I booked a hotel through Singapore Stopover Holiday. The pick-ups and hotel arrangements were extremely organised and punctual. Everywhere I went, my vouchers, rides or guides were already there, waiting for me. I stayed at Siloso resort on Sentosa Island but on my short visit to the town I wished I stayed in a hotel around the river and made day trips to Sentosa beach instead. Sentosa Island’s beaches are entirely man-made, the sand is imported and the palm trees are planted. I must admit that it was absolutely breathtaking. Simply beautiful. It’s a romantic place, a perfect honeymoon spot, so going there alone is probably not a good idea! The water was clear, the weather was just right and it felt like a vacation I'd seen on postcards. The free tram within the island is a lovely slow ride and a great way to discover the island. The aquarium was interesting, better than the one in Busan. The dolphin show was amazing. Sentosa Island is paradise.

The night safari, a much-anticipated event, was on the other hand disappointing. The train moved too fast, not giving us enough time to watch the animals. People kept flashing their cameras and the guide kept telling them not to. The animals were separated from each other and confined to a small area by electric fence. It was sad to see an elephant hitting his trunk over and over into the fence because it wanted to go to another elephant on other side of the fence but it couldn’t. The animals didn’t seem happy. They didn’t seem like they’re living in their supposedly natural habitat, the rain forest. And to top it all off, it started raining that evening so I didn’t get off the train for a stroll along the trails.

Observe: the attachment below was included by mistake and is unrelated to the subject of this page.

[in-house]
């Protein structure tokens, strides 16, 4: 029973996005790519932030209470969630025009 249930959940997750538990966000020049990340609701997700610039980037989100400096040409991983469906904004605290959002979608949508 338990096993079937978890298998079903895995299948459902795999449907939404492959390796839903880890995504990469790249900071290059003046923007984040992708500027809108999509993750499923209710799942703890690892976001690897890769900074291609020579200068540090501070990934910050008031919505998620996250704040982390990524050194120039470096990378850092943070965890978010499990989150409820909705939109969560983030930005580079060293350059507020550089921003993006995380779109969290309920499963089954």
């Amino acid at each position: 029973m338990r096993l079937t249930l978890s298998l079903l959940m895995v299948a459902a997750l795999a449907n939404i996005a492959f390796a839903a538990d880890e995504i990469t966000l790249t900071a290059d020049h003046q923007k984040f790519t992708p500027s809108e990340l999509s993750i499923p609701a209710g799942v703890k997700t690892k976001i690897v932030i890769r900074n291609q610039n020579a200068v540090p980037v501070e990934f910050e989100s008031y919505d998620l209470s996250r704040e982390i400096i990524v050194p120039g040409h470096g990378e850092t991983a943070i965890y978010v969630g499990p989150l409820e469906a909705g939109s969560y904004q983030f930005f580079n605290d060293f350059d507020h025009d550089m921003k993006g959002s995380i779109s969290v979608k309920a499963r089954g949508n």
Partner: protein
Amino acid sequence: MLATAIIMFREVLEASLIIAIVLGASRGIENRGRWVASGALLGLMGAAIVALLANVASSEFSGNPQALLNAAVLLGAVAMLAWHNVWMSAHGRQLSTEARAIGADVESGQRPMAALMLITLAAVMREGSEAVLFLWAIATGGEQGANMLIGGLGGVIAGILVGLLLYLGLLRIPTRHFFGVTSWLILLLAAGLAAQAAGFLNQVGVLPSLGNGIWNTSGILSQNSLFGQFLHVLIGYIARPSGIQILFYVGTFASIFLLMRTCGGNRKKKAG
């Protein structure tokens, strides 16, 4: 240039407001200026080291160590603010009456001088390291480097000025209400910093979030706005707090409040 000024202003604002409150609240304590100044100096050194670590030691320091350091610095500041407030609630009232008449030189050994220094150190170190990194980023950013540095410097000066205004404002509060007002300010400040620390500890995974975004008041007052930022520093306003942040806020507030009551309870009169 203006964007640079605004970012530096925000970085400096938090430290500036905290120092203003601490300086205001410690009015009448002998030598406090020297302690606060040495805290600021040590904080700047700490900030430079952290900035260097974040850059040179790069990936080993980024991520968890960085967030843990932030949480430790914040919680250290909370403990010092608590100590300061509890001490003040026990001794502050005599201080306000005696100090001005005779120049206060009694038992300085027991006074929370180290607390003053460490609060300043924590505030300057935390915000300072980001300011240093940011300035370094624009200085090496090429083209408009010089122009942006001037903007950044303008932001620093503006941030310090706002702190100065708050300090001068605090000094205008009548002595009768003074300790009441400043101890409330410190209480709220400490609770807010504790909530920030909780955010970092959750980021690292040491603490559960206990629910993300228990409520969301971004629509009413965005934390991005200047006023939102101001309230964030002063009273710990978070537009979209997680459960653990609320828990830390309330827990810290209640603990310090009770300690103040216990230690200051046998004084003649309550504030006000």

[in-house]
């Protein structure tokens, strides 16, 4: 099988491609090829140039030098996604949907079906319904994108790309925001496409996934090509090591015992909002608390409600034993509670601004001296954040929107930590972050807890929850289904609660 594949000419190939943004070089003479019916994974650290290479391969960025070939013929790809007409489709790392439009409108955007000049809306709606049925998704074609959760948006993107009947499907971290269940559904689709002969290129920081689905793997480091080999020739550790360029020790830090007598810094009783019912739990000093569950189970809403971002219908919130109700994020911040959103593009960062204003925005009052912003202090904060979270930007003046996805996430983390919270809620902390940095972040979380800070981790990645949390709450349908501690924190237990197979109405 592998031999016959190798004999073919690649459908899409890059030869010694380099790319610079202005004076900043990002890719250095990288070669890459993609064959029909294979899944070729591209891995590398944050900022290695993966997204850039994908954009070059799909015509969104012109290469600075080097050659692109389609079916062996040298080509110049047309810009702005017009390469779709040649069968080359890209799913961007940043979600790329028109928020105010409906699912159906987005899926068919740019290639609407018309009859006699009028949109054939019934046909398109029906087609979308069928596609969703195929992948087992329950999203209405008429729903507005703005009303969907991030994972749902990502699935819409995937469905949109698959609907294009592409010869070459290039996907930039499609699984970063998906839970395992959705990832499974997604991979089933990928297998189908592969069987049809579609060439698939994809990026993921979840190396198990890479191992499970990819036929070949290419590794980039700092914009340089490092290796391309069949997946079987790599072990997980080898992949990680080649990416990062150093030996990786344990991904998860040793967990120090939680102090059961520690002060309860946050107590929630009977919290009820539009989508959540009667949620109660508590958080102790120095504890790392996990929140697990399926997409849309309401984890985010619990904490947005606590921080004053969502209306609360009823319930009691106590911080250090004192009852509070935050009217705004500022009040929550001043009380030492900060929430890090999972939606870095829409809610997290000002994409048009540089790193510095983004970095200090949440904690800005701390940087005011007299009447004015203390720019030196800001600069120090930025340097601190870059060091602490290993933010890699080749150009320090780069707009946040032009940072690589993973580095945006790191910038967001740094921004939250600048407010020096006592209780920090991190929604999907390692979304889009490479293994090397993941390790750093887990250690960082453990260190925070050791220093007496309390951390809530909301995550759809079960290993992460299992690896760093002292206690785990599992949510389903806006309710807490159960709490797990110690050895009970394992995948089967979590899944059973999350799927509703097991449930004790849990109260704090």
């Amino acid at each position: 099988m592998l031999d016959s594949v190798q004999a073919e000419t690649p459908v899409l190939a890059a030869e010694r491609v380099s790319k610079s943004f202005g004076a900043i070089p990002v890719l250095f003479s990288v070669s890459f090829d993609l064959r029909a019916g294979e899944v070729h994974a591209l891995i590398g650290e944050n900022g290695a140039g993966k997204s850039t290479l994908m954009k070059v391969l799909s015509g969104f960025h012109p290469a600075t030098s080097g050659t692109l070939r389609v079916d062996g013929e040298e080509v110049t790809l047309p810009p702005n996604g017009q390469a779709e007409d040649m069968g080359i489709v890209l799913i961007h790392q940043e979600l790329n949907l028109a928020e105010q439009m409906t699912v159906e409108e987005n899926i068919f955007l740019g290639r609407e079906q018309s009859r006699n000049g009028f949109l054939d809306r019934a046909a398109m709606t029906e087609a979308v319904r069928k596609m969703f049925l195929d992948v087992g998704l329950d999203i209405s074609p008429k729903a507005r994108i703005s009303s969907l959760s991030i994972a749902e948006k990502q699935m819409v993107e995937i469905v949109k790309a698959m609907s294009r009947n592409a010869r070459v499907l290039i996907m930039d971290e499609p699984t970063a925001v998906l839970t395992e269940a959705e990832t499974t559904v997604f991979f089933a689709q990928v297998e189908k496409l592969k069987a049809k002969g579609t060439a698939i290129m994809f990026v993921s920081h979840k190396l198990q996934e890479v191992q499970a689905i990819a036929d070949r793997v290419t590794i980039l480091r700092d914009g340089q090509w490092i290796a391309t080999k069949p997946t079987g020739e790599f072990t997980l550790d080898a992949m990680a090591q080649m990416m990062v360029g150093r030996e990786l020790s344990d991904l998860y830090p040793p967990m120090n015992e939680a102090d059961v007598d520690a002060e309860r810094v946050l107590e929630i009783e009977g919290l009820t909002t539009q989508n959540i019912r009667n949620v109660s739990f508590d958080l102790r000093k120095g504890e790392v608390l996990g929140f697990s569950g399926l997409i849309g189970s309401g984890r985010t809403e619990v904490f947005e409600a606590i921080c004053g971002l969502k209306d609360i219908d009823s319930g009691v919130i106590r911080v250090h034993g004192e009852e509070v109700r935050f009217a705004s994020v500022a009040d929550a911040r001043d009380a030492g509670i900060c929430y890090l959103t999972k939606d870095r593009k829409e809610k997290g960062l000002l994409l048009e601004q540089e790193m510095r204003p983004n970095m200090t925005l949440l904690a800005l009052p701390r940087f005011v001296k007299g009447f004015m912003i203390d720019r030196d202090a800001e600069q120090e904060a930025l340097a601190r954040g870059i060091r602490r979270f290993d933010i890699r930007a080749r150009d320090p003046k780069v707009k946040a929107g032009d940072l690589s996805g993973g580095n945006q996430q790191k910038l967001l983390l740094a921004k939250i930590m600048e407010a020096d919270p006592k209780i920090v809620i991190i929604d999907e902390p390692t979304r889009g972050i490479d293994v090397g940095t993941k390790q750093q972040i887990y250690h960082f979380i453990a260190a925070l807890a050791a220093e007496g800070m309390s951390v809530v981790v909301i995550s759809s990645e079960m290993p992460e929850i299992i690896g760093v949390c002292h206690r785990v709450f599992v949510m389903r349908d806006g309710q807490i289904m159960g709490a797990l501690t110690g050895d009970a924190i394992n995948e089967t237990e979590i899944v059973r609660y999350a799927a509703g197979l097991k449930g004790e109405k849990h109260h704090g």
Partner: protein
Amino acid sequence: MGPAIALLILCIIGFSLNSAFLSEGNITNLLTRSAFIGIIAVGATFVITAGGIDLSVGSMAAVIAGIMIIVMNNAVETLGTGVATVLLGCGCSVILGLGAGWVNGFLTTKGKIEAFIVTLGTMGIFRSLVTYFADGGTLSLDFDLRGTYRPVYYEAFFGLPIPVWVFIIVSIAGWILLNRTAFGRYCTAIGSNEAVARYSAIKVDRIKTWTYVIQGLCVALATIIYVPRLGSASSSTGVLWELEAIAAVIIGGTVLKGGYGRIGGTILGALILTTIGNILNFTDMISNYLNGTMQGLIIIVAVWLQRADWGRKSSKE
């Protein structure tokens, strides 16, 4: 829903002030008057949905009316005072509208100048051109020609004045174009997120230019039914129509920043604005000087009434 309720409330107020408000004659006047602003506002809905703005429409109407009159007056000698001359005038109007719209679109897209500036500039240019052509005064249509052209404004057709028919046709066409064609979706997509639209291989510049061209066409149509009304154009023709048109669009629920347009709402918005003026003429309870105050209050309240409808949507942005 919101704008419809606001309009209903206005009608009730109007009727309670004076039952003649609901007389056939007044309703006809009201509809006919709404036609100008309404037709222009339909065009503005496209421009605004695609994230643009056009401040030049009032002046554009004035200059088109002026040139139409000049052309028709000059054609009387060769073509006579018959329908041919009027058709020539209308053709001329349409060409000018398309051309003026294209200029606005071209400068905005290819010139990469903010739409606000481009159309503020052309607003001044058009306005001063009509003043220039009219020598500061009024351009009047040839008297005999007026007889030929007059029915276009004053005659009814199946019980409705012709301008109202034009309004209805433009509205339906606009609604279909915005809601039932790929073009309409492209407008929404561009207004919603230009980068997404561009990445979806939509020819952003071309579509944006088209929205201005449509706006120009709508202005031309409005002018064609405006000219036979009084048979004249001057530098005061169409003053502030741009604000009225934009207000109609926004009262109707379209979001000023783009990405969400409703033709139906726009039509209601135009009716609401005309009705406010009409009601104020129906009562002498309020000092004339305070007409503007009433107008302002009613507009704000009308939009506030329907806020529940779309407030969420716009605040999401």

The raffles hotel was majestic and beautiful. The river cruise will give you a good look at the beautiful architecture and the many bars and restaurants along the river. The shopping malls offer a good selection although the prices weren't as reasonable and the customer service not as friendly as Korea’s. Singapore is not the most affordable place to travel to if you are on a tight budget. The costs of food, accommodation and entertainment are comparable with those in North America. There is a huge foreign population in Singapore, from business people to general labor. It was good to see such diversity after living in a foreigner-challenged small town in Korea for years. Singaporean food is of course one of my favorites. I regret not having scheduled more time for Singapore on my way to Cambodia. There are so many things to do and see. Singapore is a beautiful beautiful country .... a must see!

Posted by Bita 10.10.2007 09:26 Archived in Singapore Comments (4)

Cambodia